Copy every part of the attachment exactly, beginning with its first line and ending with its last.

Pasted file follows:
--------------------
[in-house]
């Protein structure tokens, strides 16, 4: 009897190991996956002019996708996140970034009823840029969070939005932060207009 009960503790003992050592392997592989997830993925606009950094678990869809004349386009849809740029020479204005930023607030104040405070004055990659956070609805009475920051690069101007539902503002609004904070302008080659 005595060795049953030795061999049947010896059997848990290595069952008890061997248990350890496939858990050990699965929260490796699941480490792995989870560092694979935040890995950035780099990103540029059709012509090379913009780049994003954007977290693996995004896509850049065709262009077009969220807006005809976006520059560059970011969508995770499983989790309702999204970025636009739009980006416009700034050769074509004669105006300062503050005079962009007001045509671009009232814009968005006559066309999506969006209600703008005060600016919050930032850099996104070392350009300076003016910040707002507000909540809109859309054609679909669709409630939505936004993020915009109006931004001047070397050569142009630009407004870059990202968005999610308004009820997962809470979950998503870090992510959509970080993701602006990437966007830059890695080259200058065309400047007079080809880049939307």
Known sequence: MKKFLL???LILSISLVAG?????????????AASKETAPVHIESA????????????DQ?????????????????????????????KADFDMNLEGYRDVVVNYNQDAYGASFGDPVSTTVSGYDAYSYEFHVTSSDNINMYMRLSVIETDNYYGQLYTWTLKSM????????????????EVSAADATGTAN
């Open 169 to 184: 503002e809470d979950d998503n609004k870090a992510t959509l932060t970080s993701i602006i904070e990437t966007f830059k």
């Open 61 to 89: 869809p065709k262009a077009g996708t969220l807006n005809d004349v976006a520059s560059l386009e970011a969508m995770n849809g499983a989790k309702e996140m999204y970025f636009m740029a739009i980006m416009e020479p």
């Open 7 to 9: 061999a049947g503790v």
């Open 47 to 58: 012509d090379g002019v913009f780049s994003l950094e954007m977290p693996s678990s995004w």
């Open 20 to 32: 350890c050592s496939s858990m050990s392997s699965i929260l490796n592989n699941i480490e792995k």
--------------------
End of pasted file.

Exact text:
[in-house]
């Protein structure tokens, strides 16, 4: 009897190991996956002019996708996140970034009823840029969070939005932060207009 009960503790003992050592392997592989997830993925606009950094678990869809004349386009849809740029020479204005930023607030104040405070004055990659956070609805009475920051690069101007539902503002609004904070302008080659 005595060795049953030795061999049947010896059997848990290595069952008890061997248990350890496939858990050990699965929260490796699941480490792995989870560092694979935040890995950035780099990103540029059709012509090379913009780049994003954007977290693996995004896509850049065709262009077009969220807006005809976006520059560059970011969508995770499983989790309702999204970025636009739009980006416009700034050769074509004669105006300062503050005079962009007001045509671009009232814009968005006559066309999506969006209600703008005060600016919050930032850099996104070392350009300076003016910040707002507000909540809109859309054609679909669709409630939505936004993020915009109006931004001047070397050569142009630009407004870059990202968005999610308004009820997962809470979950998503870090992510959509970080993701602006990437966007830059890695080259200058065309400047007079080809880049939307």
Known sequence: MKKFLL???LILSISLVAG?????????????AASKETAPVHIESA????????????DQ?????????????????????????????KADFDMNLEGYRDVVVNYNQDAYGASFGDPVSTTVSGYDAYSYEFHVTSSDNINMYMRLSVIETDNYYGQLYTWTLKSM????????????????EVSAADATGTAN
């Open 169 to 184: 503002e809470d979950d998503n609004k870090a992510t959509l932060t970080s993701i602006i904070e990437t966007f830059k």
């Open 61 to 89: 869809p065709k262009a077009g996708t969220l807006n005809d004349v976006a520059s560059l386009e970011a969508m995770n849809g499983a989790k309702e996140m999204y970025f636009m740029a739009i980006m416009e020479p």
């Open 7 to 9: 061999a049947g503790v």
């Open 47 to 58: 012509d090379g002019v913009f780049s994003l950094e954007m977290p693996s678990s995004w």
């Open 20 to 32: 350890c050592s496939s858990m050990s392997s699965i929260l490796n592989n699941i480490e792995k």